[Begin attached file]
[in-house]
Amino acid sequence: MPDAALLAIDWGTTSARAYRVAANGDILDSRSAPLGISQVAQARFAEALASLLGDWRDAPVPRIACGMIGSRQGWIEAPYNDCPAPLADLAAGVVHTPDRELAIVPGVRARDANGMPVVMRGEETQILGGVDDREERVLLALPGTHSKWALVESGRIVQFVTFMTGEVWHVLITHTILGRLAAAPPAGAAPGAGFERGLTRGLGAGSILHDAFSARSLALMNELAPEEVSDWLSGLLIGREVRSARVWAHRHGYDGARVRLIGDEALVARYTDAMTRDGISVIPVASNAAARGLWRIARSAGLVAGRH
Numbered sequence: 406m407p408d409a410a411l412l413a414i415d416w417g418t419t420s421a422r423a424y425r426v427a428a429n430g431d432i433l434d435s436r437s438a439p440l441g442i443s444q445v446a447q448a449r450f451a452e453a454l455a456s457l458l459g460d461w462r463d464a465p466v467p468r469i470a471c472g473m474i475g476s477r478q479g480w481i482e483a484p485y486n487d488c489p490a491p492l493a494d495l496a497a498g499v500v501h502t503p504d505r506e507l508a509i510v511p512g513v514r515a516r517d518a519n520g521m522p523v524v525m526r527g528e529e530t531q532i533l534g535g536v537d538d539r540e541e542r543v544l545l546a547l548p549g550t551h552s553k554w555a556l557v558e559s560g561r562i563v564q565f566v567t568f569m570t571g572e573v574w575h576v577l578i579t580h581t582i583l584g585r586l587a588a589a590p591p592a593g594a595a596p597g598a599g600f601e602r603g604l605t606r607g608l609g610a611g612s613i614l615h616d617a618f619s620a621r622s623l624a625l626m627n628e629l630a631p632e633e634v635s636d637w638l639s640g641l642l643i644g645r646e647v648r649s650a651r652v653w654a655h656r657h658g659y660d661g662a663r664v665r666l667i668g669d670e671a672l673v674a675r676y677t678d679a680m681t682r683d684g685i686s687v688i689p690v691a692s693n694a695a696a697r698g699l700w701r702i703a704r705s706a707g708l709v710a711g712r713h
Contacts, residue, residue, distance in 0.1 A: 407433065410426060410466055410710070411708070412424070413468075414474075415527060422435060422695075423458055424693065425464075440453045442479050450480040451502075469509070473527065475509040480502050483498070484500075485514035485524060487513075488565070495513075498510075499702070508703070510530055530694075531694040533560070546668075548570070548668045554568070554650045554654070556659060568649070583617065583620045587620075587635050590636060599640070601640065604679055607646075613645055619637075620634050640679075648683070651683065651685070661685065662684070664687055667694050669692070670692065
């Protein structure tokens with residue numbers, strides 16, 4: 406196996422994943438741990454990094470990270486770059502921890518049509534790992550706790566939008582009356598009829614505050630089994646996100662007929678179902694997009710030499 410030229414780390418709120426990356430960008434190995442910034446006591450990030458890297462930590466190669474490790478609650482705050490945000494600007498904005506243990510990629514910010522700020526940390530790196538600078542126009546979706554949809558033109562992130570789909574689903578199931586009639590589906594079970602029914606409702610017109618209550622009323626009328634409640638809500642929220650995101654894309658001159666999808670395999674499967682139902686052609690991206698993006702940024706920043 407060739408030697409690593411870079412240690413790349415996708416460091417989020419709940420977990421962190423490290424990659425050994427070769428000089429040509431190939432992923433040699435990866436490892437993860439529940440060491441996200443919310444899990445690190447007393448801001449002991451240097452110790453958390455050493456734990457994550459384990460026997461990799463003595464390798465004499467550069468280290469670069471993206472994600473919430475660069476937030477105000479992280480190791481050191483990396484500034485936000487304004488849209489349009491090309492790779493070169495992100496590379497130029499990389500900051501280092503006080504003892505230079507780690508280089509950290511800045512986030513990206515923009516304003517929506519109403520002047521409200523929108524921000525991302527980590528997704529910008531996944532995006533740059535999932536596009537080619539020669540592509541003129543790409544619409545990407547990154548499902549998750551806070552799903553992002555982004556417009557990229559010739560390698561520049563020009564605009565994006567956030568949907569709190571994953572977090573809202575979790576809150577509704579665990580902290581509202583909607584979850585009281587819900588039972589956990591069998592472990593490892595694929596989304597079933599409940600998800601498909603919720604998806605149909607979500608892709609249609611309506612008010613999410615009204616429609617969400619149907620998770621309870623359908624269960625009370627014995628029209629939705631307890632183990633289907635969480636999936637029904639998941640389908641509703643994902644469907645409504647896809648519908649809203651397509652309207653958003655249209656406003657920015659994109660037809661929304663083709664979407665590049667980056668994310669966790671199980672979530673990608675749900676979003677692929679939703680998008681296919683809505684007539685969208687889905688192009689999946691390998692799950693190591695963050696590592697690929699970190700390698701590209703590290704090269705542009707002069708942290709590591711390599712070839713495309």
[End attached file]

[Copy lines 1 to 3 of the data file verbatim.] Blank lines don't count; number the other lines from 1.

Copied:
[in-house]
Amino acid sequence: MPDAALLAIDWGTTSARAYRVAANGDILDSRSAPLGISQVAQARFAEALASLLGDWRDAPVPRIACGMIGSRQGWIEAPYNDCPAPLADLAAGVVHTPDRELAIVPGVRARDANGMPVVMRGEETQILGGVDDREERVLLALPGTHSKWALVESGRIVQFVTFMTGEVWHVLITHTILGRLAAAPPAGAAPGAGFERGLTRGLGAGSILHDAFSARSLALMNELAPEEVSDWLSGLLIGREVRSARVWAHRHGYDGARVRLIGDEALVARYTDAMTRDGISVIPVASNAAARGLWRIARSAGLVAGRH
Numbered sequence: 406m407p408d409a410a411l412l413a414i415d416w417g418t419t420s421a422r423a424y425r426v427a428a429n430g431d432i433l434d435s436r437s438a439p440l441g442i443s444q445v446a447q448a449r450f451a452e453a454l455a456s457l458l459g460d461w462r463d464a465p466v467p468r469i470a471c472g473m474i475g476s477r478q479g480w481i482e483a484p485y486n487d488c489p490a491p492l493a494d495l496a497a498g499v500v501h502t503p504d505r506e507l508a509i510v511p512g513v514r515a516r517d518a519n520g521m522p523v524v525m526r527g528e529e530t531q532i533l534g535g536v537d538d539r540e541e542r543v544l545l546a547l548p549g550t551h552s553k554w555a556l557v558e559s560g561r562i563v564q565f566v567t568f569m570t571g572e573v574w575h576v577l578i579t580h581t582i583l584g585r586l587a588a589a590p591p592a593g594a595a596p597g598a599g600f601e602r603g604l605t606r607g608l609g610a611g612s613i614l615h616d617a618f619s620a621r622s623l624a625l626m627n628e629l630a631p632e633e634v635s636d637w638l639s640g641l642l643i644g645r646e647v648r649s650a651r652v653w654a655h656r657h658g659y660d661g662a663r664v665r666l667i668g669d670e671a672l673v674a675r676y677t678d679a680m681t682r683d684g685i686s687v688i689p690v691a692s693n694a695a696a697r698g699l700w701r702i703a704r705s706a707g708l709v710a711g712r713h